How do you play a mud ball? There’s no great answer, say Tour pros

Justin Thomas's tee shot on No. 3 during the third round of the Hero World Challenge was covered in mud.

Getty Images

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Golf is a hard enough game with a perfect lie in the middle of the fairway. Add some mud on the side of the ball and now you really never know where the ball is headed.

We look up to pros because of the insane level of precision they play this infuriating game with, but on Saturday at the Hero World Challenge, even World No. 2 Scottie Scheffler had no idea where the ball was going at times because of mud balls.

Asked if the reality check made golf a little more exciting for him, Scheffler didn’t mince words.

“Exciting’s definitely not the right word for it,” Scheffler joked.

JooHyung 'Tom' Kim of South Korea identifies his ball which was covered in mud for his second shot on the par five third hole during the third round of the 2022 Hero World Challenge at Albany Golf Course on December 03, 2022 in Nassau, Bahamas.
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The Masters winner explained how he practices just about every type of shot in preparation for tournaments from punches to different lies around the greens. But there’s no way to practice mud balls, he said.

“You can’t practice it on the course,” Scheffler said. “Sometimes the mud flies off, sometimes it sticks, sometimes it’s heavy, sometimes it’s not. Something you can’t really figure out.”

So how does Scheffler get the ball around on a day like Saturday, when the PGA Tour played the ball down for the first time all week at the Hero? He keeps the ball out of the air.

Scheffler said “in theory” the more time a mud ball spends in the air, the higher chance it has of going somewhere he doesn’t want.

“On No. 3, I hit the ball about eight feet off the ground and it ended up 50 to 60 yards right of where I was trying to hit the ball,” he said. “So I did it again on No. 6 with a 3-wood with mud on my ball and I hit it so low it, actually hit the grass in front of my ball and then just scooted out there and somehow got out about 200 yards.”

The layup on No. 3 ended up in one of the waste bunkers along the fairway at Albany, but on 6 Scheffler’s ball stayed in the short stuff. He birdied the next hole and ended up with a 66, despite the conditions, to sit in second alone heading into the final round.

Cam Young caught a rough mud ball on the 11th hole Saturday at the Hero World Challenge.
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Justin Thomas — and many other golfers based on Getty Images photographer David Cannon’s photos — found large chunks of mud on his ball on No. 3, too. He also tried to hit it low with fairway wood to minimize the risk.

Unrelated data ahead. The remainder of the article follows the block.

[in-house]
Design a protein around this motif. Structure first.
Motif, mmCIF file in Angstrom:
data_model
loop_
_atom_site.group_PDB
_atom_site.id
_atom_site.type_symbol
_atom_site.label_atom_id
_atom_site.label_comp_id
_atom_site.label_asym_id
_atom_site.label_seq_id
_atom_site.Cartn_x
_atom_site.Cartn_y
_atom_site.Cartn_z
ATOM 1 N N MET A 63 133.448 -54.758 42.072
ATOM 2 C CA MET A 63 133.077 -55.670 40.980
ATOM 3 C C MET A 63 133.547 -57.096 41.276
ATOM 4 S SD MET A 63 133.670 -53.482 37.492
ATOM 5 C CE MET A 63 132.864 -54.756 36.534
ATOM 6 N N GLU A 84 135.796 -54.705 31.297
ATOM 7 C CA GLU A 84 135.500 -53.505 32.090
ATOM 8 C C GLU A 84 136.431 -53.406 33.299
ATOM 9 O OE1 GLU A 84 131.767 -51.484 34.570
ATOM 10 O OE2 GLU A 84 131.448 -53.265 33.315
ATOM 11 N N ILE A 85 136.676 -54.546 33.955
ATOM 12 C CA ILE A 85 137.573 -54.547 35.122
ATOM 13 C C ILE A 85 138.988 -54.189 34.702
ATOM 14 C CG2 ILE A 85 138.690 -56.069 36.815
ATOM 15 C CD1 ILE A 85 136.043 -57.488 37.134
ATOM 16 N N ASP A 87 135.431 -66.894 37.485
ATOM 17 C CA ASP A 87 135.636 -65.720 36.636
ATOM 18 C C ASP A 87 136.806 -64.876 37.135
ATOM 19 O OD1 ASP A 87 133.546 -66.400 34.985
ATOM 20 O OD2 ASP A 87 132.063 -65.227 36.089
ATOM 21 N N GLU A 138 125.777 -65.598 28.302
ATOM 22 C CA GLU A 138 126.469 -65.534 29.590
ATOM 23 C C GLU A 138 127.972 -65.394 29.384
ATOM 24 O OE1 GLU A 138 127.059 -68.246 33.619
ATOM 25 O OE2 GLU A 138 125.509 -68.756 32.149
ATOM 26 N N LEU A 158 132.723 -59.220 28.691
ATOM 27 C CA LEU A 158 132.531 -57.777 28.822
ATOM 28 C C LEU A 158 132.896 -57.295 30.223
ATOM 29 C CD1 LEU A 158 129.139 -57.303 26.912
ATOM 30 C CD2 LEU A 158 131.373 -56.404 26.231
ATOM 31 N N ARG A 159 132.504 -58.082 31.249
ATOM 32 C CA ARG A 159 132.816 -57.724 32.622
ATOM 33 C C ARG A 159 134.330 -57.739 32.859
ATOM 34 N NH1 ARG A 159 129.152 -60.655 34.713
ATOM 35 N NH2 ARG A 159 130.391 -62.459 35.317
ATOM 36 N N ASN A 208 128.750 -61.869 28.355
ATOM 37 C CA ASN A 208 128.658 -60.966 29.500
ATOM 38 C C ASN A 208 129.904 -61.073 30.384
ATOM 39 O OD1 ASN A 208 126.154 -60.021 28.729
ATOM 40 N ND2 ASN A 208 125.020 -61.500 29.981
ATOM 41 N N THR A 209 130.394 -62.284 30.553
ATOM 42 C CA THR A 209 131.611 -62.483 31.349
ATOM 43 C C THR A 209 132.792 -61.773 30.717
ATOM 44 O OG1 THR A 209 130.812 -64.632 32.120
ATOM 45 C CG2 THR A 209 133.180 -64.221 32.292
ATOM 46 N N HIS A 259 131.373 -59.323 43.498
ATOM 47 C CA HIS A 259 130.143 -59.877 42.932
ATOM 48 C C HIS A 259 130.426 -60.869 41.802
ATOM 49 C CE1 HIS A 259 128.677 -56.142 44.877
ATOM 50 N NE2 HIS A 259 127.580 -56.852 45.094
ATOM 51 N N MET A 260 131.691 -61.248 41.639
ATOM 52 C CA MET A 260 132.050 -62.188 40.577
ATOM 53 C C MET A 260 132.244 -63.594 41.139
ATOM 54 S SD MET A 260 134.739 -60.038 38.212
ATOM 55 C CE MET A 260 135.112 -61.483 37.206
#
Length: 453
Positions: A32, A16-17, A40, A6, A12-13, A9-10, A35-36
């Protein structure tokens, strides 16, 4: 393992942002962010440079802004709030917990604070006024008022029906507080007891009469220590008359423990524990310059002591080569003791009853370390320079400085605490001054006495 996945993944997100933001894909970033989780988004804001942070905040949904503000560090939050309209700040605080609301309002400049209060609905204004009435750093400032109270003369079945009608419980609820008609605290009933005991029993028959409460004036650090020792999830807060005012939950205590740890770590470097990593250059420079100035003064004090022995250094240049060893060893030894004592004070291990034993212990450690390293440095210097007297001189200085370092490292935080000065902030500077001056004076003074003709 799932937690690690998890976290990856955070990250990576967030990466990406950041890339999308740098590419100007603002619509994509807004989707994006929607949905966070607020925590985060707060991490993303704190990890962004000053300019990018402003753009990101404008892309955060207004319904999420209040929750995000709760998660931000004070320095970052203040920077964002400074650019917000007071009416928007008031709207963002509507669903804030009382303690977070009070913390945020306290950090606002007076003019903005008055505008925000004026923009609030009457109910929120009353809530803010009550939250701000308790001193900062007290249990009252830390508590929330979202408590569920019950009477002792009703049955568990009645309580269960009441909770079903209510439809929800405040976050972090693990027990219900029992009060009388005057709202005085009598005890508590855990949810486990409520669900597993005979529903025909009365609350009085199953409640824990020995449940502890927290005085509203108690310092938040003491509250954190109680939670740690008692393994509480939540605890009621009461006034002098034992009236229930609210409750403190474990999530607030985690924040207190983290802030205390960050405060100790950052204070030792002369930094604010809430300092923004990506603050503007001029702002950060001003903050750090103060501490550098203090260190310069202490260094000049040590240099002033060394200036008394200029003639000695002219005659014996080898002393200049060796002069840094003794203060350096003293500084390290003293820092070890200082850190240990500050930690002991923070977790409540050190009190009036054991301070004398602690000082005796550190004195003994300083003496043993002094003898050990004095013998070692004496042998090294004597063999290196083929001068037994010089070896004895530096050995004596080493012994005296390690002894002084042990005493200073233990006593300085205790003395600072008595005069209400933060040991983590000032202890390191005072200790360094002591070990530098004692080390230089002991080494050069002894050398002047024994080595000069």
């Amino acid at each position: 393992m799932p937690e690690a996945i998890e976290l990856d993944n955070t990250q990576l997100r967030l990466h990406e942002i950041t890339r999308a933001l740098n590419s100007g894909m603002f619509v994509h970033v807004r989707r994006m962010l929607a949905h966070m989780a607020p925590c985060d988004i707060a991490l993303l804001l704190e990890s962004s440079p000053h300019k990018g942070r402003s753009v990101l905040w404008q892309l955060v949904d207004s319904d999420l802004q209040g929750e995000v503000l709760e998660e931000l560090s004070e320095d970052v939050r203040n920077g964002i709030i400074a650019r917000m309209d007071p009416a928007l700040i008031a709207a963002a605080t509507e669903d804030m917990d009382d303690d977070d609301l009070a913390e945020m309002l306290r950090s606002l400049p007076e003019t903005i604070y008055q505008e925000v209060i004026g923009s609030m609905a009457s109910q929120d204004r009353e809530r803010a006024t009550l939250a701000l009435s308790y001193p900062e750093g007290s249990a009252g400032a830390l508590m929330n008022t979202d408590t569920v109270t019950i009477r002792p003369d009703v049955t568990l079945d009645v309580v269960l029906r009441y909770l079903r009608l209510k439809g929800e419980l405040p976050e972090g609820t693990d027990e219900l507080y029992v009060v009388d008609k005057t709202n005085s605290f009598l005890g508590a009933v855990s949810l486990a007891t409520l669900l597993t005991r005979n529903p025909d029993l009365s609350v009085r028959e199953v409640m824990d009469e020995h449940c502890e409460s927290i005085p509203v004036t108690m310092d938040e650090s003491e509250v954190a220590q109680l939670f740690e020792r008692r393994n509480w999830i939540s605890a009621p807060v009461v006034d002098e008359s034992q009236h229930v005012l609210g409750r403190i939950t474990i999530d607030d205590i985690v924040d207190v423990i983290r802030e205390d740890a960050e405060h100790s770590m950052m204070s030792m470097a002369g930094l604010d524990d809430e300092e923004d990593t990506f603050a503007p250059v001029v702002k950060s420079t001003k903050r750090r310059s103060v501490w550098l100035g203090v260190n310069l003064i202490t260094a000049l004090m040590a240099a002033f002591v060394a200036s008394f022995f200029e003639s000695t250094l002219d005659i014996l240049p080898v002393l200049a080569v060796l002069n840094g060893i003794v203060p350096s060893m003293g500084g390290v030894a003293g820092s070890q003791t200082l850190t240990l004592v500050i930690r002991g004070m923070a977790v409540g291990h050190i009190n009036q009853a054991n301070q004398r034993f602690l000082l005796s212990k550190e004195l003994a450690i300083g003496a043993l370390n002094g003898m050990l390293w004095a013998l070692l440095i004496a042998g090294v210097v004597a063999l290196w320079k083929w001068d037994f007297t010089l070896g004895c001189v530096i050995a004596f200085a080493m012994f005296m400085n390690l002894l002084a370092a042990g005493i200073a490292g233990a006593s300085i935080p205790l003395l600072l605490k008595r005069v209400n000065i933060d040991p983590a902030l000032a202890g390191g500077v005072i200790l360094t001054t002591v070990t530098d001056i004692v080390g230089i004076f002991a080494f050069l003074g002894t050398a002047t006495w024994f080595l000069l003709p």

“I had a lot of mud on the front of the ball but it wasn’t really in enough of one side to have any idea where it was going to go, to be honest,” he said.

It didn’t work out for Thomas on 3, he ended up scrambling for a par, but Collin Morikawa also didn’t know what mud on the front of the ball did to the flight. But he did explain how you can guess where it might go based on the position of the mud.

“It’s pretty simple,” Morikawa said. “If the mud’s on the right, the ball’s going to go left, if the mud’s on the left, the ball will go right. But from there it’s just like guesswork on where you’re going to aim it because sometimes it moves a lot, sometimes it doesn’t move depending if you’re going with it or going against it. There’s a lot of factors.”

He drew a mud ball on 4 and even though there was mud on the right of the ball, which would make it go left, said he aimed to the left because of a left-to-right wind.

“Thankfully it kind of went with the wind at the end. Not a good feeling,” Morikawa said. “It’s a guess, it’s an absolute guess and it sucks.”

The next time you’re unsure where your ball will fly because of mud, take solace in knowing the best in the world don’t know for sure either. But take their tips to make the best guess.

Jack Hirsh Editor

Jack Hirsh is an assistant editor at GOLF. A Pennsylvania native, Jack is 2020 graduate of Penn State University, earning degrees in broadcast journalism and political science. He was captain of his high school golf team and still *tries* to remain competitive in local amateurs. Before joining GOLF, Jack spent two years working at a TV station in Bend, Oregon, primarily as Multimedia Journalist/reporter, but also producing, anchoring and even presenting the weather. He can be reached at